Wednesday, November 28, 2012

Is the D.C. region a model for walkable urban neighborhoods?

by Janet Viveiros, Center for Housing Policy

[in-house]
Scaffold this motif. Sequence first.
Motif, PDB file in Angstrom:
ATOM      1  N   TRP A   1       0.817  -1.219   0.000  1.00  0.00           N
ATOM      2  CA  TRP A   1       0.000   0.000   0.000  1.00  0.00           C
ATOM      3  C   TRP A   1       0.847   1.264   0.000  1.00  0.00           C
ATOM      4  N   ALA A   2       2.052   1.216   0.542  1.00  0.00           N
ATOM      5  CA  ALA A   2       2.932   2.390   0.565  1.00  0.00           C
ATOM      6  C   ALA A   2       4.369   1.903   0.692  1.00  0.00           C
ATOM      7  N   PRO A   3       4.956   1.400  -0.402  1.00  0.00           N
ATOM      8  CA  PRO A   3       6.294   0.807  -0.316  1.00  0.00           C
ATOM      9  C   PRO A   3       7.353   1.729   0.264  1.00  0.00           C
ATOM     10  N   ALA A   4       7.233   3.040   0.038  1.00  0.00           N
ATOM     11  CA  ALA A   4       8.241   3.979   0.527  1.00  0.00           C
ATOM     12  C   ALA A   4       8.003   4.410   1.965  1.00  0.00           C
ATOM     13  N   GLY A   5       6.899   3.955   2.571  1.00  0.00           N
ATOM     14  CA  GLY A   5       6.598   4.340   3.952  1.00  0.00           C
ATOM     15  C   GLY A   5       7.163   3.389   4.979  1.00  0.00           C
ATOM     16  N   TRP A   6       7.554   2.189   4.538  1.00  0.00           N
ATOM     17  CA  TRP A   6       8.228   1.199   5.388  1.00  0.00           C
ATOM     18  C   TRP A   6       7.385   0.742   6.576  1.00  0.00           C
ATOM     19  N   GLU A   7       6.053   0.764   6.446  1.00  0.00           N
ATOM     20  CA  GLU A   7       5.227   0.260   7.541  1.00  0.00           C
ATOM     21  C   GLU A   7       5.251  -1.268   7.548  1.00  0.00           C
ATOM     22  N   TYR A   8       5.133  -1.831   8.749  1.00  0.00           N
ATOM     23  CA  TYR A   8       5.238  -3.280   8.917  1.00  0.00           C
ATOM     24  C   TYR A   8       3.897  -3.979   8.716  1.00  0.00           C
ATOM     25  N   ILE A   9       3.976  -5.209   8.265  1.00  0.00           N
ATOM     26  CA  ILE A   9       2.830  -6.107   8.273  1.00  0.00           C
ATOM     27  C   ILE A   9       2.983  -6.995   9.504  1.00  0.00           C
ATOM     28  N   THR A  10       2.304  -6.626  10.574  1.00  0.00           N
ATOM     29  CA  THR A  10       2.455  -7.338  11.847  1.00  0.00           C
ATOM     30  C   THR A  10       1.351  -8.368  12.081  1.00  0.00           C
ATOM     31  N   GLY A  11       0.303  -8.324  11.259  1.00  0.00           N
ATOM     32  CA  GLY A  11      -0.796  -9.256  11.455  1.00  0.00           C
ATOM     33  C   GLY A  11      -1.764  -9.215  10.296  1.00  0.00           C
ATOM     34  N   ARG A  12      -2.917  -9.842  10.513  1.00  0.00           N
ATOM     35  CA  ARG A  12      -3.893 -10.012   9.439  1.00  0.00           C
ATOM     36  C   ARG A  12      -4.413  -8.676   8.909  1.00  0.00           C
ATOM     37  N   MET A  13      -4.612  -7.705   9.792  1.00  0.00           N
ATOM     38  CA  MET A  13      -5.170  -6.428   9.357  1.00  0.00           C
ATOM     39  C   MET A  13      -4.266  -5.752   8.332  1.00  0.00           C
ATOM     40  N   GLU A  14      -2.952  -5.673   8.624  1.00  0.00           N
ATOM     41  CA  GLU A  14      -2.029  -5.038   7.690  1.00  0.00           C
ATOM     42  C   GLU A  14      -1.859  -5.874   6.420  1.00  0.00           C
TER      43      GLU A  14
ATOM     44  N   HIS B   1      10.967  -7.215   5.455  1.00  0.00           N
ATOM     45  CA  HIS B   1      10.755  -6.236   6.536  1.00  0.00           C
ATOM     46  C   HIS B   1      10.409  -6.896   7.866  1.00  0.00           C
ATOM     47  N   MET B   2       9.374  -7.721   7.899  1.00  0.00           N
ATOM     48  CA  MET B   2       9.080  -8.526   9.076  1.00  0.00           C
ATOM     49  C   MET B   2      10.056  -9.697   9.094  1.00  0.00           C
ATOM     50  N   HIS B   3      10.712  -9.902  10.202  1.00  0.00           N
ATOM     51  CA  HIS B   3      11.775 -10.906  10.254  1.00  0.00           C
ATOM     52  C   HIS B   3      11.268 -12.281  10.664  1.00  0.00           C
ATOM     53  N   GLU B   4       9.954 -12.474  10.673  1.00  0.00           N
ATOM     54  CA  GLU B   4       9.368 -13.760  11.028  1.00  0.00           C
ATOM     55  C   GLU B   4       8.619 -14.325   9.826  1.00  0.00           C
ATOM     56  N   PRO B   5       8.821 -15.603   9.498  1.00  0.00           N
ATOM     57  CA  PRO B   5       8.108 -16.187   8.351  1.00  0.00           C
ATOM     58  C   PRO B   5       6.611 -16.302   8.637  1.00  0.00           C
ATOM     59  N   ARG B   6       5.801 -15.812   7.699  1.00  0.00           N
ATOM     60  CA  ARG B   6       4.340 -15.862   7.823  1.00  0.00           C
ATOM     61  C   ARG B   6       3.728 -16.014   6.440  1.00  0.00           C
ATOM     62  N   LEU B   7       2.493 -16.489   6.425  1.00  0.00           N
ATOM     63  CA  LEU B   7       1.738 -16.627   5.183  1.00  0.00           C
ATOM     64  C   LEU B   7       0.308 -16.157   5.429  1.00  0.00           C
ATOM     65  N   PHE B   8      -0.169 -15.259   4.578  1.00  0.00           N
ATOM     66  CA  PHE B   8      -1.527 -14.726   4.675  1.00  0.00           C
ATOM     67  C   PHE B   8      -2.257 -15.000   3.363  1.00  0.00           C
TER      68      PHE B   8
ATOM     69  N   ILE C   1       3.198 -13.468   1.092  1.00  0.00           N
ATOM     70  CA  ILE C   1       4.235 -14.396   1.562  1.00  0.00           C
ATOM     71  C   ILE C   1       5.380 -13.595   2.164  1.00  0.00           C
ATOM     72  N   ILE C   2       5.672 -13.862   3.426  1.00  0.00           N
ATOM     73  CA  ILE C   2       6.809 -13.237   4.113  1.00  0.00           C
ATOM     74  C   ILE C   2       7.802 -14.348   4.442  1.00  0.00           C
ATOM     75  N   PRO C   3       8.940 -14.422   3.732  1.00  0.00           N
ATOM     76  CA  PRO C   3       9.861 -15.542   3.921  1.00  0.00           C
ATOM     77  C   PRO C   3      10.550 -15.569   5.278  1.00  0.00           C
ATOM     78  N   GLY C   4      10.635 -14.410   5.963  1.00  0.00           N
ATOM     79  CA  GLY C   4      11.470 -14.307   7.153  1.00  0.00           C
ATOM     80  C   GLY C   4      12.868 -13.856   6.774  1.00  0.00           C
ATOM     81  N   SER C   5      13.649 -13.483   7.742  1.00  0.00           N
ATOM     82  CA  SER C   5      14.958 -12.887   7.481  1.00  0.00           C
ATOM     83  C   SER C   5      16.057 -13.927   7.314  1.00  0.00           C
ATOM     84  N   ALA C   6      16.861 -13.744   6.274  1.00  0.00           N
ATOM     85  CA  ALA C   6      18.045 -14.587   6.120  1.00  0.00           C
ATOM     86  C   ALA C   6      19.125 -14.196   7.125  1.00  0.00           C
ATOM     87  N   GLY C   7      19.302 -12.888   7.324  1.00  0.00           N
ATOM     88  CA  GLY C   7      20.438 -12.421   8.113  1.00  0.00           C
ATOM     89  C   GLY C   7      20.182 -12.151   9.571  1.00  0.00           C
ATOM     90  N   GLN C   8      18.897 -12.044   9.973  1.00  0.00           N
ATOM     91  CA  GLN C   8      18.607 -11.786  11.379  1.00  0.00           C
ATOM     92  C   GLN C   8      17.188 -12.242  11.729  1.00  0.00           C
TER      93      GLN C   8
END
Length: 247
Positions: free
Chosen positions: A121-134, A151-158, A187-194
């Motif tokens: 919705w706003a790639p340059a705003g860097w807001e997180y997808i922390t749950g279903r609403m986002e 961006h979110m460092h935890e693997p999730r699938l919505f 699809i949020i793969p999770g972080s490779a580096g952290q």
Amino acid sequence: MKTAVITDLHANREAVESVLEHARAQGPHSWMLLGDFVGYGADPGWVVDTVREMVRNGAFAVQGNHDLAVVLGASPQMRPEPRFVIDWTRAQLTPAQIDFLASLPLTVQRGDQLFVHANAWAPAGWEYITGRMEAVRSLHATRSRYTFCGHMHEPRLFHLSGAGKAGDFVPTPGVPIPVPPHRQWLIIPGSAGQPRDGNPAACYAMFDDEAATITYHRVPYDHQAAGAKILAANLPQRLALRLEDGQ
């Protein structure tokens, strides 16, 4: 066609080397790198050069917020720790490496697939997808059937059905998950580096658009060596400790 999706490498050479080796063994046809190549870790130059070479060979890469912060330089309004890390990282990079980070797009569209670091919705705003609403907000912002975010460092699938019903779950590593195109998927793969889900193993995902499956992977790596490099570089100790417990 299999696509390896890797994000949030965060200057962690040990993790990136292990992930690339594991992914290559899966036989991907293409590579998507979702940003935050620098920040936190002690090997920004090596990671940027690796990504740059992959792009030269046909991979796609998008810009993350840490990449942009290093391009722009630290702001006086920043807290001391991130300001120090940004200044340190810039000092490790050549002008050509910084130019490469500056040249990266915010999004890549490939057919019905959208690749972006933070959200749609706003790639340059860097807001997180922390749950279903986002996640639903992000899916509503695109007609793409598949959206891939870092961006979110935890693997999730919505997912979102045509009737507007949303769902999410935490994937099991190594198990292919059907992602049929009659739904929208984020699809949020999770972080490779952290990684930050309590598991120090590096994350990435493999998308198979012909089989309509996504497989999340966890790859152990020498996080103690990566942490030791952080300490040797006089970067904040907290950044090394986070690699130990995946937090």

Ten minute walk to the grocery store, seven minute walk to the metro, five blocks from restaurants, cafes, stores and public library. Descriptions like this are found in many home and apartment listings in the D.C. metro area. In D.C., and other cities around the country, walkable neighborhoods with public transit and other amenities are increasingly sought out by homeowners and renters. The Center for Real Estate and Urban Analysis at George Washington University recently released DC: The DC WalkUP Wake-up Call by Christopher B. Leinberger, a report that assesses the growth and market trends of walkable urban places, referred to as “WalkUPs” by Leinberger, in the Washington, D.C., metro area. The neighborhoods that constitute WalkUPs typically generate significant economic activity and have a mix of residential, office, and retail space; high density and multiple transportation options, and. Leinberger asserts that D.C. should serve as a national model for developing compact, walkable communities due to the number and variety of WalkUPs in D.C. and the surrounding suburbs. Growing demand for housing in amenity-rich, transit-oriented neighborhoods coincides with expanding awareness of the advantages of compact development policies that encourage denser and mixed-use development.